Pressure from the agrochemical industry for Mexico to reverse its decision to ban glyphosate has achieved a first victory.
A judge has agreed with Monsanto in the legal battle it waged in early April against the decree that seeks to end the pesticide and has granted the company a provisional suspension that allows it to continue marketing it until the lawsuit is resolved.
Judge Francisco Javier Rebolledo argues in his decision of April 15 that, if the suspension is not granted, "there would be a risk that the disuse of glyphosate and genetically modified corn would affect agri-food production." The judge is expected to issue a final ruling on May 7. In any case, the suspension applies only to the company - now owned by Bayer - and not to the sector as a whole.
The Ministry of the Environment (Semarnat) announced on Monday that it has appealed the ruling and harshly criticized Monsanto's offensive to avoid the ban on the herbicide. "Semarnat will always be firm and with the necessary elements to defend the Decree against the tricks and interests of individuals that threaten life and the right to a healthy environment for Mexicans," said the agency in a statement.
In an unprecedented step in Latin America, the Mexican government decreed on December 31 a ban on glyphosate and transgenic corn by 2024 because the most widely used pesticide in the world has "harmful effects" on people's health and the environment. . Mexico thus followed in the footsteps of a growing list of countries that have taken action after the World Health Organization classified glyphosate as a "probable carcinogen" in 2015.
However, Monsanto insists on the safety of its flagship product.
The firm patented it in 1974 under the Roundup brand and, after being forced to pay multimillion dollar lawsuits for cancer cases, it has become a symbol of the evils of agribusiness.
"Glyphosate is safe and is supported by hundreds of scientific studies," said the company in a statement, which did not agree to the requests for an interview from this newspaper, claiming that it is an ongoing legal process.
Containers of Roundup, the brand name Monsanto markets glyphosate under.Scott Olson / Getty
The amparo lawsuit initiated by Monsanto is part of a broad agribusiness effort to stop the intentions of the Mexican government. In fact, Monsanto's is the tenth amparo filed against the presidential decree, although it has been the only one that has prospered in court. In addition, at the beginning of the year, the pressures exerted by various United States ministries for Mexico to desist from its intentions to ban glyphosate became known.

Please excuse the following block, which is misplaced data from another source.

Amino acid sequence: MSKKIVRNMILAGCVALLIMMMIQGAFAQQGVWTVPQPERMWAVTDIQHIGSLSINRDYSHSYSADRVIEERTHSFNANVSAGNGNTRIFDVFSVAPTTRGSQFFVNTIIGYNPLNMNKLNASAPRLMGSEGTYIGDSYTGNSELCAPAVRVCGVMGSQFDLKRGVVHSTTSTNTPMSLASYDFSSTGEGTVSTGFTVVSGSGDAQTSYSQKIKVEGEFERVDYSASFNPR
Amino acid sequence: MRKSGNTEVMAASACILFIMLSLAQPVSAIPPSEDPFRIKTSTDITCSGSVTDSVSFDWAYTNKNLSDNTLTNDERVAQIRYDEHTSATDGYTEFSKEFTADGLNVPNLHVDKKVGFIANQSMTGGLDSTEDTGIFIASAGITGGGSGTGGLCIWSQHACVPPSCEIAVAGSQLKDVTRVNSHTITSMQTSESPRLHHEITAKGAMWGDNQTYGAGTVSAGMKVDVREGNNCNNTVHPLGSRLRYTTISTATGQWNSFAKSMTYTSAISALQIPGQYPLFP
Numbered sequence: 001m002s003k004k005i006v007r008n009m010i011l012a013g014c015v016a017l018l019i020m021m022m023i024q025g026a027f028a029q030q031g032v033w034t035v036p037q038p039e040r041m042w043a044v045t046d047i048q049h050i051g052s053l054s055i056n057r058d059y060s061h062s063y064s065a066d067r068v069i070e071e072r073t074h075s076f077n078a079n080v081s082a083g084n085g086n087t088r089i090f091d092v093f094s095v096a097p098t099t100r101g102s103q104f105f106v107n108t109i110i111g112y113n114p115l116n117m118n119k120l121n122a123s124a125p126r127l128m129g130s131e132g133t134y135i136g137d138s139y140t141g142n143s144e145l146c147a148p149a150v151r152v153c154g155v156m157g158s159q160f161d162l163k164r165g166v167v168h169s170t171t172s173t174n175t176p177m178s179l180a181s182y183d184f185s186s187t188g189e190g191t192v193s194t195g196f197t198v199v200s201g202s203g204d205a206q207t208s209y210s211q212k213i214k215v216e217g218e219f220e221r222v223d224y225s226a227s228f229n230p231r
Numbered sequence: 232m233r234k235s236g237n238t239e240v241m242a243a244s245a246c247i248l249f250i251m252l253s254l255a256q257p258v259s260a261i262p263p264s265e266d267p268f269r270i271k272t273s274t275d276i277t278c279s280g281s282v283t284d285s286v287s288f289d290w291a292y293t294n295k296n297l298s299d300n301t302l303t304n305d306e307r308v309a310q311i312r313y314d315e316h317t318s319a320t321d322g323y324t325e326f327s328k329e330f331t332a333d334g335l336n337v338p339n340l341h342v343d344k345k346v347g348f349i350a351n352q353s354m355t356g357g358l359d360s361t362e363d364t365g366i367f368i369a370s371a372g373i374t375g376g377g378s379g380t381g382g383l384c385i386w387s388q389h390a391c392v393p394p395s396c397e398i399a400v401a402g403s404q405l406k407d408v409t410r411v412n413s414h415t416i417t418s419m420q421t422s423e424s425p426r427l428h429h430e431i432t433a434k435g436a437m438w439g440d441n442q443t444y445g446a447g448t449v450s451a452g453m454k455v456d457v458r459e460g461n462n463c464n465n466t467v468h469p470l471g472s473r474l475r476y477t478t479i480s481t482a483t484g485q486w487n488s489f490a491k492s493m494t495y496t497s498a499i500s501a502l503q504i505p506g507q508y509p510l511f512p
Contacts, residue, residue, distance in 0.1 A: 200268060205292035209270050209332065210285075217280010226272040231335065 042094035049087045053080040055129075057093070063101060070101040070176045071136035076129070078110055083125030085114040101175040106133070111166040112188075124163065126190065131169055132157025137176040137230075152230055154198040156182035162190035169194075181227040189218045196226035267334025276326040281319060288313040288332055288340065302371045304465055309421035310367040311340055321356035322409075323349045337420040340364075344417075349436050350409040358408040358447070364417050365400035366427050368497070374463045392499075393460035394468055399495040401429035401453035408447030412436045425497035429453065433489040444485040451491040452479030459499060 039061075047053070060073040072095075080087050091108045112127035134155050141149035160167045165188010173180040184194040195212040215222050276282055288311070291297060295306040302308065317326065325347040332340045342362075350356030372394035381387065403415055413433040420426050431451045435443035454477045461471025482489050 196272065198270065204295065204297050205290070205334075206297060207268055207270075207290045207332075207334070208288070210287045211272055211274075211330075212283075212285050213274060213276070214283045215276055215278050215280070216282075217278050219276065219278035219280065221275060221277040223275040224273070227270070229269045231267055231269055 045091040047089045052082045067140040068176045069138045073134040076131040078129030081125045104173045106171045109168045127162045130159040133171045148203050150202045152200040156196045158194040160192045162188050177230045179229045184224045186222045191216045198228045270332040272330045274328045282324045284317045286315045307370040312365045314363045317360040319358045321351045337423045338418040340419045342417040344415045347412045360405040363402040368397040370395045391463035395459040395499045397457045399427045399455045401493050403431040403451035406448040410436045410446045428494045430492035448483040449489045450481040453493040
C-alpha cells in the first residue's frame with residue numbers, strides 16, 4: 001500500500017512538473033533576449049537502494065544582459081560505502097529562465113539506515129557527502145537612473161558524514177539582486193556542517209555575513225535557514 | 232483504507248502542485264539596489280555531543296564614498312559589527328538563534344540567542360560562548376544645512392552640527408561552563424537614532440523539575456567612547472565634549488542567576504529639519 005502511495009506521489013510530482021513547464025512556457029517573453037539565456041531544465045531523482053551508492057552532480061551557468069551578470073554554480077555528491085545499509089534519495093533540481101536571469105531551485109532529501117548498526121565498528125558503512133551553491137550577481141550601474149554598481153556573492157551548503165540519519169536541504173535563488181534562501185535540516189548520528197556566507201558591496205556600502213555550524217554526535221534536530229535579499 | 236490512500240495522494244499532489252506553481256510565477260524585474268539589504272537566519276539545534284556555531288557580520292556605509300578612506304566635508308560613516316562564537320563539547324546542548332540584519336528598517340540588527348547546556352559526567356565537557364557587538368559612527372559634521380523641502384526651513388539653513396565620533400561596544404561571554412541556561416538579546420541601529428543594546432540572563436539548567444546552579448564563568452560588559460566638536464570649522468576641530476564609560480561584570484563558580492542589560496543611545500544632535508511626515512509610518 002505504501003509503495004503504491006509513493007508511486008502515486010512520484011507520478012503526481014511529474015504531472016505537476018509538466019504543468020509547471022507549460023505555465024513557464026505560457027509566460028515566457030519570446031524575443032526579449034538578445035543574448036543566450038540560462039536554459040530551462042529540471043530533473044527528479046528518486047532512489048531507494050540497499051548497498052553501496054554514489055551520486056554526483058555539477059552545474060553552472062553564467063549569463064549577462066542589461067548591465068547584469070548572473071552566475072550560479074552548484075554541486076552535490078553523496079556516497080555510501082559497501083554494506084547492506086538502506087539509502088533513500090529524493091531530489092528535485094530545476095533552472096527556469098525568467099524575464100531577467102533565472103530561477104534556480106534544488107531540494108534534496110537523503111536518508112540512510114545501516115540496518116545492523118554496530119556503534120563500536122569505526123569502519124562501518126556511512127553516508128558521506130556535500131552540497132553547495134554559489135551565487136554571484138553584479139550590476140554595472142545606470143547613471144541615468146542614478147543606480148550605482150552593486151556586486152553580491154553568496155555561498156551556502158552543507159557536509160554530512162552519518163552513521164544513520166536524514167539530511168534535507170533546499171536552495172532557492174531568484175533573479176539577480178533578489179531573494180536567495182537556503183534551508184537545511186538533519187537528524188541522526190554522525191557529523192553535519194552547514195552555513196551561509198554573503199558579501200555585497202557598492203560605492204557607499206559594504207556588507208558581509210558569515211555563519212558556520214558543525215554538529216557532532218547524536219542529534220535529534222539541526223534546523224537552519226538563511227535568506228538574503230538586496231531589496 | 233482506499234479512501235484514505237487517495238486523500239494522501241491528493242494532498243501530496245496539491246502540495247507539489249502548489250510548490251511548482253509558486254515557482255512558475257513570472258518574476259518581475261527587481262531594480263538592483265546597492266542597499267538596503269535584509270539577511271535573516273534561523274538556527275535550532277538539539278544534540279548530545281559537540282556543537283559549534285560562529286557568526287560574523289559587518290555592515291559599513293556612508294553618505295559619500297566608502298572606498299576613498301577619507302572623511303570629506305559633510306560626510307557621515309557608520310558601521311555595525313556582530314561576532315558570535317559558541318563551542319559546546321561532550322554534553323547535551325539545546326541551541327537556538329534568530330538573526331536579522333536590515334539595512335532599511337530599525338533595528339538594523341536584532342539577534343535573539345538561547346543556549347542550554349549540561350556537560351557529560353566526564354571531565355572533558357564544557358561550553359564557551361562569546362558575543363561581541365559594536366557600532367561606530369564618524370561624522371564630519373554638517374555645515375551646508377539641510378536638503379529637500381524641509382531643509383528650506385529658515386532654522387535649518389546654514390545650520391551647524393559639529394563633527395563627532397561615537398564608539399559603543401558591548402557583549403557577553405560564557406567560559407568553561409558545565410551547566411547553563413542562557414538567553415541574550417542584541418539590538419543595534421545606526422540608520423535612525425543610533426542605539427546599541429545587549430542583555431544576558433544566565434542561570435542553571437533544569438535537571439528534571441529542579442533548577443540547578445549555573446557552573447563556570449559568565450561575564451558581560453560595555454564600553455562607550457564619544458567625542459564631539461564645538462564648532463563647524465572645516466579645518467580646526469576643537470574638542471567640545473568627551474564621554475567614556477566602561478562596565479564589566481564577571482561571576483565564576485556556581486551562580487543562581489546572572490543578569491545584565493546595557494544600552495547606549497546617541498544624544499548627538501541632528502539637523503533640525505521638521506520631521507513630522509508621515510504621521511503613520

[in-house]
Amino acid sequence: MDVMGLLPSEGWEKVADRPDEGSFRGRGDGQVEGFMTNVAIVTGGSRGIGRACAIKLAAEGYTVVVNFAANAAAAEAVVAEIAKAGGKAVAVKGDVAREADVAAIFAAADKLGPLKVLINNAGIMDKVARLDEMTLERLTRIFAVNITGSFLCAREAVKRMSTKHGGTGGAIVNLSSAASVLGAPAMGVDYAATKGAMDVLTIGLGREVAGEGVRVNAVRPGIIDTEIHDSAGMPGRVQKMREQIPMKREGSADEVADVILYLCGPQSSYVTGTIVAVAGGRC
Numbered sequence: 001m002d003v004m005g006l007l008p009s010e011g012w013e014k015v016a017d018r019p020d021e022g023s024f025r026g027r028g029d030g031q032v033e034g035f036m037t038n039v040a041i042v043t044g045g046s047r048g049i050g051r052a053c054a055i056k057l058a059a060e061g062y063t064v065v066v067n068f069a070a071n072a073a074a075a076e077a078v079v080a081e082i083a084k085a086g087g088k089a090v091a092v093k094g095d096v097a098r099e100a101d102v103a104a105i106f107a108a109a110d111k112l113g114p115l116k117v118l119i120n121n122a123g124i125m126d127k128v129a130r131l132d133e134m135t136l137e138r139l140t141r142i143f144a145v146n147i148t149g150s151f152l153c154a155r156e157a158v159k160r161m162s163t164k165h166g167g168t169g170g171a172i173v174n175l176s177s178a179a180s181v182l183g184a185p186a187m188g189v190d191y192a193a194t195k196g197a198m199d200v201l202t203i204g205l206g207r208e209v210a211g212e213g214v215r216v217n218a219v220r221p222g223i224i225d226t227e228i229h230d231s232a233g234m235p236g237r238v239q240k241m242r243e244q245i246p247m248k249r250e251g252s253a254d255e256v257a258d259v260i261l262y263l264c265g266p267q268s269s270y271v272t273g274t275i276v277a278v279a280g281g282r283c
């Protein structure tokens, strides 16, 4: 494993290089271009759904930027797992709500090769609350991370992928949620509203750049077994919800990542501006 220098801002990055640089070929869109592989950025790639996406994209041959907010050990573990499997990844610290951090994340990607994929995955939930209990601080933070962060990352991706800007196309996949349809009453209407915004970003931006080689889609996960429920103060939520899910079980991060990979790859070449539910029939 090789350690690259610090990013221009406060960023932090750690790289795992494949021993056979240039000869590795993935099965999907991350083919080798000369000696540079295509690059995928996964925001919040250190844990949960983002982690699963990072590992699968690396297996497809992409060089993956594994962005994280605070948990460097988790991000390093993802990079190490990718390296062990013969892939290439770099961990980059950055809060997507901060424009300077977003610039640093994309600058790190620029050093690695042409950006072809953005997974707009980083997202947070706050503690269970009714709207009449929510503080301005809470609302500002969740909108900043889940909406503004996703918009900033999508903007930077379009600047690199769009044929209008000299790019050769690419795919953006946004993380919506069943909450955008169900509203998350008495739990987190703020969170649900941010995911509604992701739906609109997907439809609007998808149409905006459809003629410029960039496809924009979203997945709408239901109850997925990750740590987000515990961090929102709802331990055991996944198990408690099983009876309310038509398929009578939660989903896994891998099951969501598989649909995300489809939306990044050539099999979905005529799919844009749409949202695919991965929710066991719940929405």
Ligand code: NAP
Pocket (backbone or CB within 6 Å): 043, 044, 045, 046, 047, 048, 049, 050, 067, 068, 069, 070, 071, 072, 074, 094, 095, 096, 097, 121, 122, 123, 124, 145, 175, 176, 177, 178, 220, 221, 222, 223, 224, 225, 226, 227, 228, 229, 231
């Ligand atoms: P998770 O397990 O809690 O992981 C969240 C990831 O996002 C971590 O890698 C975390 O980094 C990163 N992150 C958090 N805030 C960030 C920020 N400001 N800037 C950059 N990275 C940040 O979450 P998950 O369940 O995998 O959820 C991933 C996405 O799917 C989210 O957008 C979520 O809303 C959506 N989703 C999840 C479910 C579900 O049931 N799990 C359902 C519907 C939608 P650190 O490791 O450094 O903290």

According to the documents obtained through a request for transparency filed by the US organization Center for Biological Diversity, the US ministries of Economy, Environment and Agriculture contacted their counterparts in Mexico "to pressure and try to weaken or reverse ”the decree, explains the scientist of that organization Nathan Donley. Behind it is "a chemical industry with enormous influence" on American politics.
From Sin Maíz No Hay País they know well the history of Monsanto's litigation in Mexico. The campaign, made up of more than 300 organizations, has been fighting the company for more than a decade to prevent the spread of transgenic corn in Mexico, which endangers the native varieties of that grain. And they know that beating them is possible. In 2013, they managed to get the Mexican Justice to suspend the planting of transgenic corn. Monsanto also lost the legal battle against the movement of Mayan beekeeper Leydy Pech, who managed to have her transgenic soy permits revoked in seven states of the country.
"Monsanto has impressive power and the possibility of accessing these justice mechanisms and positioning its interests," says Javier Zúñiga, a lawyer for El Poder del Consumidor, one of the organizations that is part of Sin Maíz No Hay País.
"But thanks to the mobilization carried out by civil society and indigenous communities, historic victories have been achieved."
Now he just hopes that this new onslaught by Monsanto can be stopped once again in court.
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